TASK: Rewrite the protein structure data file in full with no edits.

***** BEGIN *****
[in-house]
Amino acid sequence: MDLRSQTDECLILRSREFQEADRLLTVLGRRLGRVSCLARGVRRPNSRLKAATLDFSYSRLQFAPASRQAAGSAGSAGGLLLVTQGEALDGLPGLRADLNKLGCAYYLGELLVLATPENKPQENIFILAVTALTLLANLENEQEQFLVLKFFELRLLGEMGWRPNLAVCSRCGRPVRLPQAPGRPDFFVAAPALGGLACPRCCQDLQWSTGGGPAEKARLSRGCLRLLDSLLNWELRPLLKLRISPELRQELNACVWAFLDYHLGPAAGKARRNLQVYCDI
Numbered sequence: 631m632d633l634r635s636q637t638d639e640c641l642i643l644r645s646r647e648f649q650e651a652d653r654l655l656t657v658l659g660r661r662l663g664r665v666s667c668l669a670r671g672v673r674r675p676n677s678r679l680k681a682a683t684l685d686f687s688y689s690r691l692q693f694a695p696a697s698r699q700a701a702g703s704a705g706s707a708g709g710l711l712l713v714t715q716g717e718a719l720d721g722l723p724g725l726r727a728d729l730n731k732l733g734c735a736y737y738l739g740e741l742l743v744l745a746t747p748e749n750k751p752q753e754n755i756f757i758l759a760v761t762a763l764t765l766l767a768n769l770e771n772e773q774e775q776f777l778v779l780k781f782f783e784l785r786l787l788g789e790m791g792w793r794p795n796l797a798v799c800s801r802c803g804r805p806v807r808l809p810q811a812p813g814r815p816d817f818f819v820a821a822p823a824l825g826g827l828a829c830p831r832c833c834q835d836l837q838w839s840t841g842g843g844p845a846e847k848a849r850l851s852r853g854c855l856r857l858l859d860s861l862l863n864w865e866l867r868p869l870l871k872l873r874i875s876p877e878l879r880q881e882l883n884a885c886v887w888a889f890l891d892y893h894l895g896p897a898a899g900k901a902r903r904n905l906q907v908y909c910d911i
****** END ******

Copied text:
[in-house]
Amino acid sequence: MDLRSQTDECLILRSREFQEADRLLTVLGRRLGRVSCLARGVRRPNSRLKAATLDFSYSRLQFAPASRQAAGSAGSAGGLLLVTQGEALDGLPGLRADLNKLGCAYYLGELLVLATPENKPQENIFILAVTALTLLANLENEQEQFLVLKFFELRLLGEMGWRPNLAVCSRCGRPVRLPQAPGRPDFFVAAPALGGLACPRCCQDLQWSTGGGPAEKARLSRGCLRLLDSLLNWELRPLLKLRISPELRQELNACVWAFLDYHLGPAAGKARRNLQVYCDI
Numbered sequence: 631m632d633l634r635s636q637t638d639e640c641l642i643l644r645s646r647e648f649q650e651a652d653r654l655l656t657v658l659g660r661r662l663g664r665v666s667c668l669a670r671g672v673r674r675p676n677s678r679l680k681a682a683t684l685d686f687s688y689s690r691l692q693f694a695p696a697s698r699q700a701a702g703s704a705g706s707a708g709g710l711l712l713v714t715q716g717e718a719l720d721g722l723p724g725l726r727a728d729l730n731k732l733g734c735a736y737y738l739g740e741l742l743v744l745a746t747p748e749n750k751p752q753e754n755i756f757i758l759a760v761t762a763l764t765l766l767a768n769l770e771n772e773q774e775q776f777l778v779l780k781f782f783e784l785r786l787l788g789e790m791g792w793r794p795n796l797a798v799c800s801r802c803g804r805p806v807r808l809p810q811a812p813g814r815p816d817f818f819v820a821a822p823a824l825g826g827l828a829c830p831r832c833c834q835d836l837q838w839s840t841g842g843g844p845a846e847k848a849r850l851s852r853g854c855l856r857l858l859d860s861l862l863n864w865e866l867r868p869l870l871k872l873r874i875s876p877e878l879r880q881e882l883n884a885c886v887w888a889f890l891d892y893h894l895g896p897a898a899g900k901a902r903r904n905l906q907v908y909c910d911i